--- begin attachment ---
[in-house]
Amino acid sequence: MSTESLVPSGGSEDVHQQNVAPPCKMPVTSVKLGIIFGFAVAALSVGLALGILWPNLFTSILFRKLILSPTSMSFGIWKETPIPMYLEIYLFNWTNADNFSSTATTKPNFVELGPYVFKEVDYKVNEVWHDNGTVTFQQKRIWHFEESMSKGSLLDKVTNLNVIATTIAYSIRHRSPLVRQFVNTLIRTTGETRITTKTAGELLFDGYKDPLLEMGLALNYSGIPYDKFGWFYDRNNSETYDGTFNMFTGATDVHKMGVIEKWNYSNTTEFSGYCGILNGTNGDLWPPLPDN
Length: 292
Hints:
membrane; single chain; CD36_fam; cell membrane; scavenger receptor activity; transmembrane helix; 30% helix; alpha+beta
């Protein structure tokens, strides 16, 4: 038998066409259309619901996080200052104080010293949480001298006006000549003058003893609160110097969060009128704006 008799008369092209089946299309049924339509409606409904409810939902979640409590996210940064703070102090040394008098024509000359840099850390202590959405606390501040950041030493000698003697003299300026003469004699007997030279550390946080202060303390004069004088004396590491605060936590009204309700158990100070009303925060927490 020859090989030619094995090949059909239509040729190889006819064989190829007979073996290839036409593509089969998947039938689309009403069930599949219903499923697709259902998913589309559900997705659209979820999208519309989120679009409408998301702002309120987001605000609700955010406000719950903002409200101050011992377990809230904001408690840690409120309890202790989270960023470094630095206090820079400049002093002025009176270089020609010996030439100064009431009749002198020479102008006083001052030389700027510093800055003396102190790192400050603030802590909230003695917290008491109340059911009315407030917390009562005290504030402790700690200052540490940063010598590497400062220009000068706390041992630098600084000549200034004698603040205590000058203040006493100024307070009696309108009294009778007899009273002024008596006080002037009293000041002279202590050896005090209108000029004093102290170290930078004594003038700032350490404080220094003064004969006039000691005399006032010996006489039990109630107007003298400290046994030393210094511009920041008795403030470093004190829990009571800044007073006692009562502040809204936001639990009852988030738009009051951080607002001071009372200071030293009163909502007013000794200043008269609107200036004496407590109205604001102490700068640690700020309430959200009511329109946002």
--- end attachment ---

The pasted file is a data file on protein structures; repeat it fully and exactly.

[in-house]
Amino acid sequence: MSTESLVPSGGSEDVHQQNVAPPCKMPVTSVKLGIIFGFAVAALSVGLALGILWPNLFTSILFRKLILSPTSMSFGIWKETPIPMYLEIYLFNWTNADNFSSTATTKPNFVELGPYVFKEVDYKVNEVWHDNGTVTFQQKRIWHFEESMSKGSLLDKVTNLNVIATTIAYSIRHRSPLVRQFVNTLIRTTGETRITTKTAGELLFDGYKDPLLEMGLALNYSGIPYDKFGWFYDRNNSETYDGTFNMFTGATDVHKMGVIEKWNYSNTTEFSGYCGILNGTNGDLWPPLPDN
Length: 292
Hints:
membrane; single chain; CD36_fam; cell membrane; scavenger receptor activity; transmembrane helix; 30% helix; alpha+beta
């Protein structure tokens, strides 16, 4: 038998066409259309619901996080200052104080010293949480001298006006000549003058003893609160110097969060009128704006 008799008369092209089946299309049924339509409606409904409810939902979640409590996210940064703070102090040394008098024509000359840099850390202590959405606390501040950041030493000698003697003299300026003469004699007997030279550390946080202060303390004069004088004396590491605060936590009204309700158990100070009303925060927490 020859090989030619094995090949059909239509040729190889006819064989190829007979073996290839036409593509089969998947039938689309009403069930599949219903499923697709259902998913589309559900997705659209979820999208519309989120679009409408998301702002309120987001605000609700955010406000719950903002409200101050011992377990809230904001408690840690409120309890202790989270960023470094630095206090820079400049002093002025009176270089020609010996030439100064009431009749002198020479102008006083001052030389700027510093800055003396102190790192400050603030802590909230003695917290008491109340059911009315407030917390009562005290504030402790700690200052540490940063010598590497400062220009000068706390041992630098600084000549200034004698603040205590000058203040006493100024307070009696309108009294009778007899009273002024008596006080002037009293000041002279202590050896005090209108000029004093102290170290930078004594003038700032350490404080220094003064004969006039000691005399006032010996006489039990109630107007003298400290046994030393210094511009920041008795403030470093004190829990009571800044007073006692009562502040809204936001639990009852988030738009009051951080607002001071009372200071030293009163909502007013000794200043008269609107200036004496407590109205604001102490700068640690700020309430959200009511329109946002």